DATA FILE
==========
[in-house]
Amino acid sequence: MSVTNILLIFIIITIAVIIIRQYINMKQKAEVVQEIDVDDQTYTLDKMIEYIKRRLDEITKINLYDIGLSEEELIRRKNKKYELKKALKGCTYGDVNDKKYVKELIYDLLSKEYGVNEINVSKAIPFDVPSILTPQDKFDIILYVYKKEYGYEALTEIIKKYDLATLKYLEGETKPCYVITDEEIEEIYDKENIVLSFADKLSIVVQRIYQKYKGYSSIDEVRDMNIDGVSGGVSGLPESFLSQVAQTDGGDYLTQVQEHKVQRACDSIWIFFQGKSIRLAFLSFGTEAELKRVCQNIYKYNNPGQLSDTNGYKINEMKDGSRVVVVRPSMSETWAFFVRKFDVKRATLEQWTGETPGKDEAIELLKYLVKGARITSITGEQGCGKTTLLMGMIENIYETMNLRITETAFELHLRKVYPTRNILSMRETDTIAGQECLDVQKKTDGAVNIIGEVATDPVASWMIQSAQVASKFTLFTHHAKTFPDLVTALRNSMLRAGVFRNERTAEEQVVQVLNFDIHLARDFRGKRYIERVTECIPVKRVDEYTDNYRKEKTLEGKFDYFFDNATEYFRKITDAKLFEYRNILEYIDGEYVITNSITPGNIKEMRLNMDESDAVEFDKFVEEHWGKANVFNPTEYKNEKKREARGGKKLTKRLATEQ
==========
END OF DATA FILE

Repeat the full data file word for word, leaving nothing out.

[in-house]
Amino acid sequence: MSVTNILLIFIIITIAVIIIRQYINMKQKAEVVQEIDVDDQTYTLDKMIEYIKRRLDEITKINLYDIGLSEEELIRRKNKKYELKKALKGCTYGDVNDKKYVKELIYDLLSKEYGVNEINVSKAIPFDVPSILTPQDKFDIILYVYKKEYGYEALTEIIKKYDLATLKYLEGETKPCYVITDEEIEEIYDKENIVLSFADKLSIVVQRIYQKYKGYSSIDEVRDMNIDGVSGGVSGLPESFLSQVAQTDGGDYLTQVQEHKVQRACDSIWIFFQGKSIRLAFLSFGTEAELKRVCQNIYKYNNPGQLSDTNGYKINEMKDGSRVVVVRPSMSETWAFFVRKFDVKRATLEQWTGETPGKDEAIELLKYLVKGARITSITGEQGCGKTTLLMGMIENIYETMNLRITETAFELHLRKVYPTRNILSMRETDTIAGQECLDVQKKTDGAVNIIGEVATDPVASWMIQSAQVASKFTLFTHHAKTFPDLVTALRNSMLRAGVFRNERTAEEQVVQVLNFDIHLARDFRGKRYIERVTECIPVKRVDEYTDNYRKEKTLEGKFDYFFDNATEYFRKITDAKLFEYRNILEYIDGEYVITNSITPGNIKEMRLNMDESDAVEFDKFVEEHWGKANVFNPTEYKNEKKREARGGKKLTKRLATEQ